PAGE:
Dispersants Improved Air Quality for Responders at Deep Water Horizon

WOODS HOLE –A study published in the Proceedings of the National Academy of Sciences adds a new dimension to the controversial decision to inject large amounts of chemical dispersants immediately above the crippled oil well at the seafloor during the Deepwater Horizon disaster in 2010.

The research team included Christopher Reddy with the Woods Hole Oceanographic Institution.

The dispersants likely reduced the amount of harmful gases in the air at the sea surface—diminishing health risks for emergency responders and allowing them to keep working to stop the uncontrolled spill and clean up the spilled oil sooner.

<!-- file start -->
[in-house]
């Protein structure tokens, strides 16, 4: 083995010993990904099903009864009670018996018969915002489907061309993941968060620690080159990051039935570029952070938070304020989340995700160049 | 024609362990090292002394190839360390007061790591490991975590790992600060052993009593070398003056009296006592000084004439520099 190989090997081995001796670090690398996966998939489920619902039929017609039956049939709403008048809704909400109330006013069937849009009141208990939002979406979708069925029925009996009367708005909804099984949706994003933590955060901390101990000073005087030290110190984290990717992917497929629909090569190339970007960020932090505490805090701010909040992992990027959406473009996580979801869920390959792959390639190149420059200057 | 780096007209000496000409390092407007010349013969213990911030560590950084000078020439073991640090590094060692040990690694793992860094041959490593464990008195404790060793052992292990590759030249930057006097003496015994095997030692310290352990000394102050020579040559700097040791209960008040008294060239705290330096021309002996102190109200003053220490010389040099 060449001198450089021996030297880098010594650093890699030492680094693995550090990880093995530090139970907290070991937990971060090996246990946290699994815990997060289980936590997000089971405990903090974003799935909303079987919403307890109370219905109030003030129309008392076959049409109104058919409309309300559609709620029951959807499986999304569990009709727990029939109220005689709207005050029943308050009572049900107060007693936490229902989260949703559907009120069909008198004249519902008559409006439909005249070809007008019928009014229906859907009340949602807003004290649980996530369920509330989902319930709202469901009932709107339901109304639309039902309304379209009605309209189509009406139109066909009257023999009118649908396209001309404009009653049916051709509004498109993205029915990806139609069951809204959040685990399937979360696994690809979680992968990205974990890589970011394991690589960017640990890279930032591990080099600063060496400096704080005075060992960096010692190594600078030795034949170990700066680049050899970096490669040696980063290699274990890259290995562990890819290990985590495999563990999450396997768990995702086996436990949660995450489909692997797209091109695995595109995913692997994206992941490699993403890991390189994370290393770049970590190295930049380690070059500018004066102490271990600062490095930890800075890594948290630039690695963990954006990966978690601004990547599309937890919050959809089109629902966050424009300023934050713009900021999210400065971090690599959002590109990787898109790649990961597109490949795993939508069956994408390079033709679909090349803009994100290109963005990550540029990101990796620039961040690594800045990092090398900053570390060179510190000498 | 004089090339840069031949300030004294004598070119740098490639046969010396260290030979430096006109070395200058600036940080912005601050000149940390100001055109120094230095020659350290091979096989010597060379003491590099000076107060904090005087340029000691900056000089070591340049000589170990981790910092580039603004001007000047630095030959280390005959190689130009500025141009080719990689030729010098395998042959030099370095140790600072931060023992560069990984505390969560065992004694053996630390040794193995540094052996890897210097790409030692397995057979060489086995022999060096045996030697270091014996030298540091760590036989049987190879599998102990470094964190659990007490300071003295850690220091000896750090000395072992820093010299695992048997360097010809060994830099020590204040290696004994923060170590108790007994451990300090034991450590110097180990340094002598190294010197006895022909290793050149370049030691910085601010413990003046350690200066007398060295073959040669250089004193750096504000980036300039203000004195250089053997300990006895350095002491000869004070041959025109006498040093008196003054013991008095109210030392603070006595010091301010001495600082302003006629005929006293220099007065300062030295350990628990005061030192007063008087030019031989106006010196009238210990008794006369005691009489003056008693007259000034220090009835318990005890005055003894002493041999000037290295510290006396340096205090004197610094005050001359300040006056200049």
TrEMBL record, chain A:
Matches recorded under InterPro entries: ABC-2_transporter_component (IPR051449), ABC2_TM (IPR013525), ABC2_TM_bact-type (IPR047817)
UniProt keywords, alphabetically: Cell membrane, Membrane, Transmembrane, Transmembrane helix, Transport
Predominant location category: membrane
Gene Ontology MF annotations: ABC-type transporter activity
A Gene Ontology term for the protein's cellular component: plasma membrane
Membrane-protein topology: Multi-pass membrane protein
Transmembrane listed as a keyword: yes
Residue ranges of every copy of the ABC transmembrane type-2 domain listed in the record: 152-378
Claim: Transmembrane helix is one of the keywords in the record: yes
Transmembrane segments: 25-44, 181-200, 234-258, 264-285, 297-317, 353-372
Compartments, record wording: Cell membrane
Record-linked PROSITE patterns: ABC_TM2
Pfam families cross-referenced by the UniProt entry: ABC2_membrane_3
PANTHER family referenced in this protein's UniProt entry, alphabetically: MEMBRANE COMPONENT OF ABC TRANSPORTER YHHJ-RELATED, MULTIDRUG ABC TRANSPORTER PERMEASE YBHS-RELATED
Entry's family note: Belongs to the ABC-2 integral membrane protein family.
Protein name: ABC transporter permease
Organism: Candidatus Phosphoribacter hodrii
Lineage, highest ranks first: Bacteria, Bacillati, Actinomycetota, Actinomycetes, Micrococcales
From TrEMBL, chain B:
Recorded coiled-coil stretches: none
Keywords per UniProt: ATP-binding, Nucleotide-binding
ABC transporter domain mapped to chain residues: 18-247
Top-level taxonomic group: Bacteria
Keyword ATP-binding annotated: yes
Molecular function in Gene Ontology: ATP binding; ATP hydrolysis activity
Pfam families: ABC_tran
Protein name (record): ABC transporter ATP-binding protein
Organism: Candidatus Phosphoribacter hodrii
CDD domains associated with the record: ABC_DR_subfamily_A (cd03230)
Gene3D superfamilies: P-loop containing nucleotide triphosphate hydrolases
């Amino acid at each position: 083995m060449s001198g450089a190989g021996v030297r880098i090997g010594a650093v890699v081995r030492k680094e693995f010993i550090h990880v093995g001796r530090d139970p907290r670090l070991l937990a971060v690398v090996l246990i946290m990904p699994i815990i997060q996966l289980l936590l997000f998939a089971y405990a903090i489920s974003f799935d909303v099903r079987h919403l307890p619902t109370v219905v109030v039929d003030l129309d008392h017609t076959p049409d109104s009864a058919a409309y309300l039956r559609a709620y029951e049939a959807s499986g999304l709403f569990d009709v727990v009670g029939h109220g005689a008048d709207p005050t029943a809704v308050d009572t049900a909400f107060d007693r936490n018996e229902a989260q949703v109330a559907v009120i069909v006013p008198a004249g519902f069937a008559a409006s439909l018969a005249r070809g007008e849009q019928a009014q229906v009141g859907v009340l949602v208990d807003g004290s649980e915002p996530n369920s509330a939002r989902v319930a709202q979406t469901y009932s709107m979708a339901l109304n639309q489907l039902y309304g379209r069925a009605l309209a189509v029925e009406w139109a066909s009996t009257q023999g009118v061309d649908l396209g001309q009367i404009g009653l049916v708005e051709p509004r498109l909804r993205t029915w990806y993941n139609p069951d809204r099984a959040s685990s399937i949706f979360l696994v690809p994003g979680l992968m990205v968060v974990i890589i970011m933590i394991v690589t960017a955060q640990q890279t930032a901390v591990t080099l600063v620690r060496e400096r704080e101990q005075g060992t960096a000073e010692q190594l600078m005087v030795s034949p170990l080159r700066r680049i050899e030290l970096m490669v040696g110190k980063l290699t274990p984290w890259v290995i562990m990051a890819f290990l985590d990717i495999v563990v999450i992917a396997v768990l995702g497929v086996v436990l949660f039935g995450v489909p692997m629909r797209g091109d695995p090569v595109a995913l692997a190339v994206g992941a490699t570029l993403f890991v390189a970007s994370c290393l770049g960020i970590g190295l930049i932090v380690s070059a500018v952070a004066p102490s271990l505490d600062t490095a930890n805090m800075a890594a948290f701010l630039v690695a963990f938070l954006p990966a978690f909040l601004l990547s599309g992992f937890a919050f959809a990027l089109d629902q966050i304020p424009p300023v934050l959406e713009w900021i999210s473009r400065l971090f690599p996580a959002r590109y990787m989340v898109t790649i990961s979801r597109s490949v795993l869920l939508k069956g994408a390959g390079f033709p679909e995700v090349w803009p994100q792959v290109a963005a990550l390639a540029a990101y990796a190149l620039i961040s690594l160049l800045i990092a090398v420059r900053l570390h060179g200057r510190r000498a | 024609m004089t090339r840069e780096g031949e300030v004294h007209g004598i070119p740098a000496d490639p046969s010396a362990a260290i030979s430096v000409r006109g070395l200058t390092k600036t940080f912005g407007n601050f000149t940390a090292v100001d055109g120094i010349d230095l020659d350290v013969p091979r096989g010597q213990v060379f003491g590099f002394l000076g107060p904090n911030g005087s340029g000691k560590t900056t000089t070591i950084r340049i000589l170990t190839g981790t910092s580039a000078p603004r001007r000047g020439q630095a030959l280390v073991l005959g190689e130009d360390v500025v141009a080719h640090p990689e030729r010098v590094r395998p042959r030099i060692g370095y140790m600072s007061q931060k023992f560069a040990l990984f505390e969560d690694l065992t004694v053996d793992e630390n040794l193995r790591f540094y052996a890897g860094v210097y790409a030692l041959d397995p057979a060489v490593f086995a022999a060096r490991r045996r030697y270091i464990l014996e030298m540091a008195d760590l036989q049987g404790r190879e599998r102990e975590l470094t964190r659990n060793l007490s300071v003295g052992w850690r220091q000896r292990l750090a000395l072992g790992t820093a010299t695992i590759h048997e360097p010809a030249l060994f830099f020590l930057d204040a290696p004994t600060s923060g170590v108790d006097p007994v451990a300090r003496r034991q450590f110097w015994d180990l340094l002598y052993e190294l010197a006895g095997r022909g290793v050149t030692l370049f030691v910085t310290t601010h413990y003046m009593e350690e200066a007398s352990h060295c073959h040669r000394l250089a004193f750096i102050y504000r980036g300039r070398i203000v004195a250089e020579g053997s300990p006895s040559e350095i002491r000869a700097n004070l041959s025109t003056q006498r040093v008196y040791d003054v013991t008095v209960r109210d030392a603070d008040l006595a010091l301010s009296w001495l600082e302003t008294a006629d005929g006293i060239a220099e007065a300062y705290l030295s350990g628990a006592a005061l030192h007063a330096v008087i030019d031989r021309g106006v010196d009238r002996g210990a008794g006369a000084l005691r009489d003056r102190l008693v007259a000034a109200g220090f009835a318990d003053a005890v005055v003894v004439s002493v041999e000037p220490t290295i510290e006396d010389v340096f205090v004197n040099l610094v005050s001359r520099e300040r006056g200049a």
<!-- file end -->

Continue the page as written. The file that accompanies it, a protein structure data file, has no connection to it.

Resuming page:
In the midst of the Deepwater Horizon crisis, officials made the unprecedented and controversial decision to inject more than 700,000 gallons of chemical dispersant over 67 days immediately above the oil rig’s severed wellhead at the bottom of the ocean.

The objective was to break up petroleum that surged uncontrollably from the wellhead into smaller droplets in the deep sea, with the goals of diminishing oil slicks and reducing the amount of harmful gases arriving at the ocean surface.

To this debate, the new study demonstrates a beneficial effect of dispersants: The subsea dispersant injection likely allowed emergency responders literally to breathe easier.

By breaking up petroleum into smaller droplets that dissolved faster in the deep ocean, the dispersants decreased the amounts of volatile toxic compounds that rose to the surface and outgassed into the air.

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